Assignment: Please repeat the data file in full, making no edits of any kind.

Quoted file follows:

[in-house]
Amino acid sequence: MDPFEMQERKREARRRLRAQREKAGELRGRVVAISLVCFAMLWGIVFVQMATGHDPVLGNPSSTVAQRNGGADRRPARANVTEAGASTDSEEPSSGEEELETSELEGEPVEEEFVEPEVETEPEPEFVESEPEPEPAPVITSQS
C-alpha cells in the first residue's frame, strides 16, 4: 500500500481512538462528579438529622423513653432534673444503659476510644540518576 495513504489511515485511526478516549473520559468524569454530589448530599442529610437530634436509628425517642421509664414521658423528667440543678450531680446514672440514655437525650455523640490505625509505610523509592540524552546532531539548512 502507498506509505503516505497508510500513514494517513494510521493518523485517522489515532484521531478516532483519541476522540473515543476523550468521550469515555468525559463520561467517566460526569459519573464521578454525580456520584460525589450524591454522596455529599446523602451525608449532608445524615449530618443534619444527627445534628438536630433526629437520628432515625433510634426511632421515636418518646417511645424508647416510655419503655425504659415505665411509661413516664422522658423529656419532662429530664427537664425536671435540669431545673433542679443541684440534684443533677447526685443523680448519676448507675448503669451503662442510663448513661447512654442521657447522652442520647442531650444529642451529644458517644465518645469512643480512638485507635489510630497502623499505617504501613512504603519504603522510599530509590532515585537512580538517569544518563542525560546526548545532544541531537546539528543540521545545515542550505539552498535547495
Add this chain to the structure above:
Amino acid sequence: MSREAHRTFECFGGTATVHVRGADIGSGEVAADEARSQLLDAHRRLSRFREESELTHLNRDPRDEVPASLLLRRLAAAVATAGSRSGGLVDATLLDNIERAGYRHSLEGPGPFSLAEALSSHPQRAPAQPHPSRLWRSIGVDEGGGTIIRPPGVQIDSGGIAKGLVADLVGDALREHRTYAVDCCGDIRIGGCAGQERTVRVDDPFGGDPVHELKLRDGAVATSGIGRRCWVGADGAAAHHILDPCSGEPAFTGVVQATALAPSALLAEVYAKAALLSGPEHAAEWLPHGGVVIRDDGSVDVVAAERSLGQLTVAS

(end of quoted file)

[in-house]
Amino acid sequence: MDPFEMQERKREARRRLRAQREKAGELRGRVVAISLVCFAMLWGIVFVQMATGHDPVLGNPSSTVAQRNGGADRRPARANVTEAGASTDSEEPSSGEEELETSELEGEPVEEEFVEPEVETEPEPEFVESEPEPEPAPVITSQS
C-alpha cells in the first residue's frame, strides 16, 4: 500500500481512538462528579438529622423513653432534673444503659476510644540518576 495513504489511515485511526478516549473520559468524569454530589448530599442529610437530634436509628425517642421509664414521658423528667440543678450531680446514672440514655437525650455523640490505625509505610523509592540524552546532531539548512 502507498506509505503516505497508510500513514494517513494510521493518523485517522489515532484521531478516532483519541476522540473515543476523550468521550469515555468525559463520561467517566460526569459519573464521578454525580456520584460525589450524591454522596455529599446523602451525608449532608445524615449530618443534619444527627445534628438536630433526629437520628432515625433510634426511632421515636418518646417511645424508647416510655419503655425504659415505665411509661413516664422522658423529656419532662429530664427537664425536671435540669431545673433542679443541684440534684443533677447526685443523680448519676448507675448503669451503662442510663448513661447512654442521657447522652442520647442531650444529642451529644458517644465518645469512643480512638485507635489510630497502623499505617504501613512504603519504603522510599530509590532515585537512580538517569544518563542525560546526548545532544541531537546539528543540521545545515542550505539552498535547495
Add this chain to the structure above:
Amino acid sequence: MSREAHRTFECFGGTATVHVRGADIGSGEVAADEARSQLLDAHRRLSRFREESELTHLNRDPRDEVPASLLLRRLAAAVATAGSRSGGLVDATLLDNIERAGYRHSLEGPGPFSLAEALSSHPQRAPAQPHPSRLWRSIGVDEGGGTIIRPPGVQIDSGGIAKGLVADLVGDALREHRTYAVDCCGDIRIGGCAGQERTVRVDDPFGGDPVHELKLRDGAVATSGIGRRCWVGADGAAAHHILDPCSGEPAFTGVVQATALAPSALLAEVYAKAALLSGPEHAAEWLPHGGVVIRDDGSVDVVAAERSLGQLTVAS